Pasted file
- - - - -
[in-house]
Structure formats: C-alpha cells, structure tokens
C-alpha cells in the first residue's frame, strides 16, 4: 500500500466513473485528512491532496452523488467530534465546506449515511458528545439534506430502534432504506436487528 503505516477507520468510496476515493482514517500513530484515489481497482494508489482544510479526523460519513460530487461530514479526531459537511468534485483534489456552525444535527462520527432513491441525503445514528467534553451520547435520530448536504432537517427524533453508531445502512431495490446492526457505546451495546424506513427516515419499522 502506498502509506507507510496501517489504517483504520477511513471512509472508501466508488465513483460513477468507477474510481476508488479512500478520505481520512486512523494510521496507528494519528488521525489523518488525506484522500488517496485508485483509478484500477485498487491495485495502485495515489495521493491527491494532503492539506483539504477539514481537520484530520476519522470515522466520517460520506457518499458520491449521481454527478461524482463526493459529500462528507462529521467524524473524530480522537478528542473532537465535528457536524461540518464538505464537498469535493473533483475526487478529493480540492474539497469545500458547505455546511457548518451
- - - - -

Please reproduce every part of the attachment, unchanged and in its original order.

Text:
[in-house]
Structure formats: C-alpha cells, structure tokens
C-alpha cells in the first residue's frame, strides 16, 4: 500500500466513473485528512491532496452523488467530534465546506449515511458528545439534506430502534432504506436487528 503505516477507520468510496476515493482514517500513530484515489481497482494508489482544510479526523460519513460530487461530514479526531459537511468534485483534489456552525444535527462520527432513491441525503445514528467534553451520547435520530448536504432537517427524533453508531445502512431495490446492526457505546451495546424506513427516515419499522 502506498502509506507507510496501517489504517483504520477511513471512509472508501466508488465513483460513477468507477474510481476508488479512500478520505481520512486512523494510521496507528494519528488521525489523518488525506484522500488517496485508485483509478484500477485498487491495485495502485495515489495521493491527491494532503492539506483539504477539514481537520484530520476519522470515522466520517460520506457518499458520491449521481454527478461524482463526493459529500462528507462529521467524524473524530480522537478528542473532537465535528457536524461540518464538505464537498469535493473533483475526487478529493480540492474539497469545500458547505455546511457548518451